|UPDATE: TARGETING KIDS|
September 13, 2000
KWAME HOLMAN: Following a series of school shootings last year, President Clinton directed Federal Trade Commission Chairman Robert Pitofsky to study the entertainment industry's marketing of violent material with respect to young people. The FTC was not asked to determine any link between violent media and violent acts. Testifying before the Senate Commerce Committee this morning, Pitofsky detailed the main finding of the report released Monday-- that many entertainment companies market adult-rated products to children, in violation of their own voluntary ratings systems.
ROBERT PITOFSKY, Chairman, Federal Trade Commission: As you know from our report, for each of the three industry segments, target marketing to children of entertainment products with violent content is pervasive and aggressive. Of the movies we looked at, 80% were marketed to kids under 17. Of the music recordings we looked at, all of them were marketed to young people under 17. Of the electronic games we looked at, 70% were marketed to kids.
KWAME HOLMAN: Pitofsky recommended Congress act only if the entertainment industry fails to change the marketing practices he says are aimed at children.
ROBERT PITOFSKY: I believe these industries should be given a reasonable period of time to consider whether they are ready to commit to effective self-regulation. If it turns out that self regulation doesn't solve the problem and current law is inadequate, legislation respectful of the First Amendment should be considered. By adopting rating codes...
SPOKESMAN: Very strong words.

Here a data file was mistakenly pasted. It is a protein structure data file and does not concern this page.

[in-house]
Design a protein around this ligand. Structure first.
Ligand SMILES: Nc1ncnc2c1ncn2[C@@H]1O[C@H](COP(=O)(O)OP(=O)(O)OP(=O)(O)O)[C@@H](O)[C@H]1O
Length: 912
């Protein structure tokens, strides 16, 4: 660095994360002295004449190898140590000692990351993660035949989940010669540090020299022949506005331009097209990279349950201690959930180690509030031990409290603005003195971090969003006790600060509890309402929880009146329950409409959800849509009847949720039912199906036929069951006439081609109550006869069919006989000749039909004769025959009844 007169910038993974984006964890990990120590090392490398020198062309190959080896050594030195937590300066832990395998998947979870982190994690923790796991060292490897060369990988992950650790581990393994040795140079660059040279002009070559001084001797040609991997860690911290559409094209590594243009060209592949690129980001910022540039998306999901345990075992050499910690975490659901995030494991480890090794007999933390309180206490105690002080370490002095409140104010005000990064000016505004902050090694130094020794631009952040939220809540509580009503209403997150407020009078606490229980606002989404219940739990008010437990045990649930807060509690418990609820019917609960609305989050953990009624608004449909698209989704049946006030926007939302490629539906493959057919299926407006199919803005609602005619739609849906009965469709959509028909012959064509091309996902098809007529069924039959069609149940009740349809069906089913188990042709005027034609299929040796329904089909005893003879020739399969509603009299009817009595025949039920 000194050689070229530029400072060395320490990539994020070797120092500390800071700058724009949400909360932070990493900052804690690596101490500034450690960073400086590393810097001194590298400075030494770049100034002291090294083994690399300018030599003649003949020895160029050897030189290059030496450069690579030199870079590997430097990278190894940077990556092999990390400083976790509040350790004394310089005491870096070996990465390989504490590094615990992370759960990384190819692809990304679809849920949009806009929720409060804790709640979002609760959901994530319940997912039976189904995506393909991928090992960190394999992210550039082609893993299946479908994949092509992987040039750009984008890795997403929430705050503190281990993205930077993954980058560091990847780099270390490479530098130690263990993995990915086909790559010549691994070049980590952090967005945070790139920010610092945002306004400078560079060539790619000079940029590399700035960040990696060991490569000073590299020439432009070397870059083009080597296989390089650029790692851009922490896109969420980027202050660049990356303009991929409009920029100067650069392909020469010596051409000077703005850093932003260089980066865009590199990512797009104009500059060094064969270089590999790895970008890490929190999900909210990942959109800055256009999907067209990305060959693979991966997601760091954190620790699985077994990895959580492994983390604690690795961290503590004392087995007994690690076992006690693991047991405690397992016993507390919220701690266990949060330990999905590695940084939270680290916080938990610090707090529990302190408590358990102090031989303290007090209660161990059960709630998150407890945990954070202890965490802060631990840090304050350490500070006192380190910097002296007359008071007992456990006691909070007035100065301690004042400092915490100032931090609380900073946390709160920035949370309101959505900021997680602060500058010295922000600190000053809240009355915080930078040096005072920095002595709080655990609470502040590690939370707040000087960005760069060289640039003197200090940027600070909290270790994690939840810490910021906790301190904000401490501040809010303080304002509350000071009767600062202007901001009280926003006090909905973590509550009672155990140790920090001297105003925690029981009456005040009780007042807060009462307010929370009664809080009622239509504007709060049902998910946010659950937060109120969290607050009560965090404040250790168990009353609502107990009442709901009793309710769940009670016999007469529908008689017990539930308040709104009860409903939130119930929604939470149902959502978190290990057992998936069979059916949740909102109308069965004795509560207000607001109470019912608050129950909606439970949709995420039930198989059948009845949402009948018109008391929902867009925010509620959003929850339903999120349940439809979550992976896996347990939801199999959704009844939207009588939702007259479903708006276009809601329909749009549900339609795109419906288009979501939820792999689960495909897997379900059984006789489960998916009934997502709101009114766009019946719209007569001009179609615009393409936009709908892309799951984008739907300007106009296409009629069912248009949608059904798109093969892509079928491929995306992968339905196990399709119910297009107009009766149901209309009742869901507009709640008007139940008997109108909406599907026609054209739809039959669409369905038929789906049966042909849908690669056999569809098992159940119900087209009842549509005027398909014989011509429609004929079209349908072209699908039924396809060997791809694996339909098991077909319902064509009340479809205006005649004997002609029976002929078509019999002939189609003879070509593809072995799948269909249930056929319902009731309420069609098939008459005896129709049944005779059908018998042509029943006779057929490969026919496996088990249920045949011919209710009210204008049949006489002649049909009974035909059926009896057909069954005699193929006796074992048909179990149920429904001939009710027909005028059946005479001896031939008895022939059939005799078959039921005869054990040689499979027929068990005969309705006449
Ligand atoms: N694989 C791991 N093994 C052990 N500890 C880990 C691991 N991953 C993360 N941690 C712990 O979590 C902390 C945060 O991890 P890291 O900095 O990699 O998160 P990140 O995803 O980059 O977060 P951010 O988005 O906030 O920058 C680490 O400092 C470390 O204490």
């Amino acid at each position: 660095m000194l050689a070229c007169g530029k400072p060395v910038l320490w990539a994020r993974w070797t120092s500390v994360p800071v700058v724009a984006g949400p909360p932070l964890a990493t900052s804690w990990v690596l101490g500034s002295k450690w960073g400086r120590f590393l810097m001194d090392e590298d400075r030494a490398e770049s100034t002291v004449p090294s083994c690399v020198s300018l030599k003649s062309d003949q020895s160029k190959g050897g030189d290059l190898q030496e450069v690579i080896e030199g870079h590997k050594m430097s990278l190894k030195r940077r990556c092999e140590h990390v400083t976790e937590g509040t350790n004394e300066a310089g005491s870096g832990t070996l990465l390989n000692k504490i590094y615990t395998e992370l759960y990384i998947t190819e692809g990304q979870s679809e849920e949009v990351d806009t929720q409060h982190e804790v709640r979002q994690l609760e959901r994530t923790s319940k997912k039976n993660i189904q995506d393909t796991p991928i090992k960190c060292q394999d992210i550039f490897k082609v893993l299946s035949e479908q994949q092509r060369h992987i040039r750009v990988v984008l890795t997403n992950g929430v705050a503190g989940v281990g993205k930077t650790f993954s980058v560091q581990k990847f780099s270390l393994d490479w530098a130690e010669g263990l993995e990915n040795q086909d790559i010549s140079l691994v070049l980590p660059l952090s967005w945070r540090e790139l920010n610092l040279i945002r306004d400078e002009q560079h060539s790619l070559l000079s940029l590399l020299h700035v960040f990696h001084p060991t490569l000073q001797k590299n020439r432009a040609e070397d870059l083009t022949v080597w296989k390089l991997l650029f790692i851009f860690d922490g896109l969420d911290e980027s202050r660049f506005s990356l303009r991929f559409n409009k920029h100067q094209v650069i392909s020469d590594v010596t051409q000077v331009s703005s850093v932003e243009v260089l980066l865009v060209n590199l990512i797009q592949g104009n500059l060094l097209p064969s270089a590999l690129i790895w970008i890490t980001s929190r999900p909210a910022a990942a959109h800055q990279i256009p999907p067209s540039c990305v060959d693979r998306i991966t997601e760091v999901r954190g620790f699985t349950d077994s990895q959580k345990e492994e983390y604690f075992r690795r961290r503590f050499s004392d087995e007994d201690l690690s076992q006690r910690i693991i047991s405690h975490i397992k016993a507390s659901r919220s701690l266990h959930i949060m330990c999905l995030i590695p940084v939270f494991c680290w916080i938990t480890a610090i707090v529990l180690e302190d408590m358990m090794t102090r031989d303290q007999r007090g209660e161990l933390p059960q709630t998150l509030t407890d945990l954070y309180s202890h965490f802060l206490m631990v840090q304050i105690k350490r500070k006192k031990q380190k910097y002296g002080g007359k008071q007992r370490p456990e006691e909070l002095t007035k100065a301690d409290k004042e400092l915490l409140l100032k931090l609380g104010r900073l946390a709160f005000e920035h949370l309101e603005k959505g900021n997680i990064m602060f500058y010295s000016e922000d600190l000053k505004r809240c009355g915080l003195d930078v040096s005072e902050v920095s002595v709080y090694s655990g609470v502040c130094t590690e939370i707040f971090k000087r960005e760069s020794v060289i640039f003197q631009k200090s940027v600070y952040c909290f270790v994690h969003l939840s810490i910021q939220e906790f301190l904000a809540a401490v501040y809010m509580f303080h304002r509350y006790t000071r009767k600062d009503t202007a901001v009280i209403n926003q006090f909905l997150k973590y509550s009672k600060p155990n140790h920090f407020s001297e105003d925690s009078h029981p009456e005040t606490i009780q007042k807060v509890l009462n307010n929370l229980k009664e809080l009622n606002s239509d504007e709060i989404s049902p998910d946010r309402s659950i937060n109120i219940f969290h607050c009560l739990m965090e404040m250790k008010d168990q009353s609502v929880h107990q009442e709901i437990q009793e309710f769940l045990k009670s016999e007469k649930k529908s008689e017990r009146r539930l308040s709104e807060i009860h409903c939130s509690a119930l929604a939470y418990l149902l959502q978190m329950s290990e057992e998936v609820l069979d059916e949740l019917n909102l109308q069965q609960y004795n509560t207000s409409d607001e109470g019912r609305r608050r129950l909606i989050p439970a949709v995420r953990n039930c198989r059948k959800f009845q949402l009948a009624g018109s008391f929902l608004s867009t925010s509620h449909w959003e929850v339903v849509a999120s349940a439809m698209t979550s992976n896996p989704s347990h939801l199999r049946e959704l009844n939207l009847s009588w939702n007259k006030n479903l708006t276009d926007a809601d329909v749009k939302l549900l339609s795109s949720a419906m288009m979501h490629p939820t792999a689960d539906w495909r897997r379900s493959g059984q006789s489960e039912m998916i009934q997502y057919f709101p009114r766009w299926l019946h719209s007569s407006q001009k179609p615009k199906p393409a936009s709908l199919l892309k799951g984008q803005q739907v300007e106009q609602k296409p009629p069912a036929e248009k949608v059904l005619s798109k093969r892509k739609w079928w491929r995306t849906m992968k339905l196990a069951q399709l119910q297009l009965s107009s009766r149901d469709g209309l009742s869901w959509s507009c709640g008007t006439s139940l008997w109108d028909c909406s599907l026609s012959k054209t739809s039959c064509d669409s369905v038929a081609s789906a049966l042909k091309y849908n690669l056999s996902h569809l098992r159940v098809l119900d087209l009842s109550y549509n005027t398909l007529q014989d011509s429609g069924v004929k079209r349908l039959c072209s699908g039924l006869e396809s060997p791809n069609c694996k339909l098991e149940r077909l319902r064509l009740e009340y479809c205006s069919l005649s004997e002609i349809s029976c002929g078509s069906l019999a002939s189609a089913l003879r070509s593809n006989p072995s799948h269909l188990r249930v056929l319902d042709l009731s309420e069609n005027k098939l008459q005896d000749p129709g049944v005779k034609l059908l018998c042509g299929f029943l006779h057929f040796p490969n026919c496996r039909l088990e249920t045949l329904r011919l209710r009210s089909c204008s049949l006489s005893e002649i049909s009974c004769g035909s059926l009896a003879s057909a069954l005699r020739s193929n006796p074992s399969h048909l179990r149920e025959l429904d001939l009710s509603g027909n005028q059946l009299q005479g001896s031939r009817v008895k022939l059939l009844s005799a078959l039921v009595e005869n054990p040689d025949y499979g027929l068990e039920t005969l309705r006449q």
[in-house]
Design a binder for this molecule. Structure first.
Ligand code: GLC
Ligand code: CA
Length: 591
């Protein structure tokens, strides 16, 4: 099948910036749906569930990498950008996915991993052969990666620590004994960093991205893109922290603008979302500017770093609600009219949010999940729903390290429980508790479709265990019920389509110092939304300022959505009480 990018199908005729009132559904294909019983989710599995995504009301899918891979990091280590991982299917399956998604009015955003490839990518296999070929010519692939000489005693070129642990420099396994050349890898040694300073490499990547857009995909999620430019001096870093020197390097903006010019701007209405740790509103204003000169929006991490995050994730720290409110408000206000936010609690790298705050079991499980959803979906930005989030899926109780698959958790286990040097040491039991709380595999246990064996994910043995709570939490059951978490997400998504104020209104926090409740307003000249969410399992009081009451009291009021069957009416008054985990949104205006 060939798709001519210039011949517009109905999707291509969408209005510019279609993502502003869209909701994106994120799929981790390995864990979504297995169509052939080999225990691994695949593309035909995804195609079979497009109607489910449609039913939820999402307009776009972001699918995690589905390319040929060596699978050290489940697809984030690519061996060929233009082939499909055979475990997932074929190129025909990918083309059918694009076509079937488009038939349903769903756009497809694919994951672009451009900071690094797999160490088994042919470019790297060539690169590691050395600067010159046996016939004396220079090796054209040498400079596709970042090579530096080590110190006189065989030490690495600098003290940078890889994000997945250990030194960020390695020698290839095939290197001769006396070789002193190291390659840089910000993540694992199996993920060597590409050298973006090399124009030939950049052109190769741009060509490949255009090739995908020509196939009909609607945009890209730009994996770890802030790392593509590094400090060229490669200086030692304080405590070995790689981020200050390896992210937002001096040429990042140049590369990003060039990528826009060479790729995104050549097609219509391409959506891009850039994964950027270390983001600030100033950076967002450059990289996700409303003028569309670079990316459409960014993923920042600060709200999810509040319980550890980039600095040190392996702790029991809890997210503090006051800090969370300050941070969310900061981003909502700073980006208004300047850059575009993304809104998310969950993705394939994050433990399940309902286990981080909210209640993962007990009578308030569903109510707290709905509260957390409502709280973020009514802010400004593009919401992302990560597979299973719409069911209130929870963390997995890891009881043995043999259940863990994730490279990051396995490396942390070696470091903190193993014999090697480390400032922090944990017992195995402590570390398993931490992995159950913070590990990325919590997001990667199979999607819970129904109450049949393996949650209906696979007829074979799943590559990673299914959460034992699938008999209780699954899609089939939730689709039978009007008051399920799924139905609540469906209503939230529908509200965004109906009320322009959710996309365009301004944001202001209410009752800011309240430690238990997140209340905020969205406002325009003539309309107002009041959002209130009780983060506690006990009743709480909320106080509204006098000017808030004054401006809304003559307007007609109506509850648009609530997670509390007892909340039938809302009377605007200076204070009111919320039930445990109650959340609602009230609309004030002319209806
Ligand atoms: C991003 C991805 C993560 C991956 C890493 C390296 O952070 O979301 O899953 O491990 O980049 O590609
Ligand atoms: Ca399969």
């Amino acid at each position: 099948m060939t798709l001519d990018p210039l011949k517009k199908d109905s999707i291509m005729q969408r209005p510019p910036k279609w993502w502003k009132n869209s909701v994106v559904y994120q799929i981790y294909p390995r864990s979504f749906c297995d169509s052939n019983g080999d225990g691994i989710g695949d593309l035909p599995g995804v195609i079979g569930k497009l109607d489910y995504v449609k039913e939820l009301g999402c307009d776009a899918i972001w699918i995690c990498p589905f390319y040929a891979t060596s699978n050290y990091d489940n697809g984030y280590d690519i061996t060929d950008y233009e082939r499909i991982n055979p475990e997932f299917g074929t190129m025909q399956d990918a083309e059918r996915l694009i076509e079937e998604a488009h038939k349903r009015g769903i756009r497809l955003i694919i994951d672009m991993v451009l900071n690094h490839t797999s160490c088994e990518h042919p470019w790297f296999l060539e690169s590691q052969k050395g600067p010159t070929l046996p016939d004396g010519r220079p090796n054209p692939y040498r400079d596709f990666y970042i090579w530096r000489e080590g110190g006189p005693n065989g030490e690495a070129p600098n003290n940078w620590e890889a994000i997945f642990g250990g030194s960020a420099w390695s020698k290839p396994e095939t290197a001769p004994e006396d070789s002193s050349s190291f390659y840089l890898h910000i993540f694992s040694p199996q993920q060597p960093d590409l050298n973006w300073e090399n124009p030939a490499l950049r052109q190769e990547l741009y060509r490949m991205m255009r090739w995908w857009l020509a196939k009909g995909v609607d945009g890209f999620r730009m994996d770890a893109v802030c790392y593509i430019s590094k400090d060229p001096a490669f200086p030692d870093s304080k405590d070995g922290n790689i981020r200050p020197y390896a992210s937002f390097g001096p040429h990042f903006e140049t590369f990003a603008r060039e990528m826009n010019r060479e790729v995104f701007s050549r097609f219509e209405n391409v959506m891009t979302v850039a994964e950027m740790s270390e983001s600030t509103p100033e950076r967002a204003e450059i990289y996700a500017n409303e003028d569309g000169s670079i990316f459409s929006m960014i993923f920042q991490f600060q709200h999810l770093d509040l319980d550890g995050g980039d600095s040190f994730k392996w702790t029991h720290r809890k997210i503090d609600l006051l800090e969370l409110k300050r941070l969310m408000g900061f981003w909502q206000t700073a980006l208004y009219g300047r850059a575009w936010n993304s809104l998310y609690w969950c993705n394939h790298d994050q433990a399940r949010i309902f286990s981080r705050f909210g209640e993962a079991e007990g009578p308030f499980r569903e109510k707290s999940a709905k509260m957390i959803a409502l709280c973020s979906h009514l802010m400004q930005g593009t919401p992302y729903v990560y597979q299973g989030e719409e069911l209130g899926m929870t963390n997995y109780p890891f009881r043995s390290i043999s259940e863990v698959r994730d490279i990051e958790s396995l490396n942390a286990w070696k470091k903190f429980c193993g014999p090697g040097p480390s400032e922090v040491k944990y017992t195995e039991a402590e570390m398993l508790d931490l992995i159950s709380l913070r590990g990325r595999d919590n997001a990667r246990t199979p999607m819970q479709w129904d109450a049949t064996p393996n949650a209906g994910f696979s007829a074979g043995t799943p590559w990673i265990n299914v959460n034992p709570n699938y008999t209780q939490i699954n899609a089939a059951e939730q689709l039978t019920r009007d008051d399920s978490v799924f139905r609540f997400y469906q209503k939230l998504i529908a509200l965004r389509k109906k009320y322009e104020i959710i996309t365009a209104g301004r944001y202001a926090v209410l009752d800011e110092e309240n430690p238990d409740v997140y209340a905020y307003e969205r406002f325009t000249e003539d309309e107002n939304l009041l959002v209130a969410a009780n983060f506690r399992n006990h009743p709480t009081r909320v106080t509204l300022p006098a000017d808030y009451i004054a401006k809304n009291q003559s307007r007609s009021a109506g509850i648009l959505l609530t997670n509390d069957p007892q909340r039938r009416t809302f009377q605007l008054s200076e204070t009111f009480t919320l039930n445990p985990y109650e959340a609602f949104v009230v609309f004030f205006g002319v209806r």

ROBERT PITOFSKY: Well, I've thought about it a long time. I hope we don't go to that. I think it would serve everybody's interest if the industry will come to the table and come up with adequate self regulation.
KWAME HOLMAN: As today's hearing got underway, Commerce Committee Chairman John McCain noted sharply that executives from major movie studios invited to attend, declined.
SEN. JOHN McCAIN: There will be much said today but thundering silence will be heard from motion picture executives. They have all been invited to testify. But by some uncanny coincidence, every single studio executive was either out of the country or unavailable. I can only conclude the industry was too ashamed of or unable to defend their marketing practices. Their hubris is stunning.
KWAME HOLMAN: But Jack Valenti, head of the Motion Picture Association of America, did testify and tried to explain why the studio executives did not.
JACK VALENTI: One of them at this moment is in London with a worldwide meeting of his parent corporation, another in Australia for a long-delayed meeting there. Another one is on maternity leave. Another one is in the middle of an important meeting appointed to a commission by the governor of California. And I had one who would be here, Stacy Snyder, but at the last minute, she said she didn't want to appear by herself.
KWAME HOLMAN: Valenti went on to say he agreed with many of the criticisms of the entertainment industry contained in the FTC report.
JACK VALENTI: It appears from the report that some marketing people stepped over the line where reasonable becomes unacceptable. And I'm talking specifically about ten and 12-year-olds in a focus group. That is wrong. It is unassailably wrong and there is no excuse to sustain it. But I wanted you to know that when we draw lines in the creative world, those lines are ill-illuminated and hazily observed. We're not dealing with Euclidean Geometry where the formulas are pristine. We're dealing with the irregular passions of what I call subjective judgment; and I promise you, and you know, subjective judgments vary widely.
KWAME HOLMAN: Valenti promised to travel to California tomorrow and return with a list of recommendations he believed would be acceptable both to Congress and the movie industry.
SEN. JOHN McCAIN: We welcome you before the committee. We thank you for coming today.
KWAME HOLMAN: This afternoon, top executives of the recording and video game industries did appear before the committee and were credited simply for doing so.
SEN. JOHN McCAIN: We appreciate the fact that this is not the most comfortable time for you, but we appreciate the fact the you're willing to come and address this committee and the American people.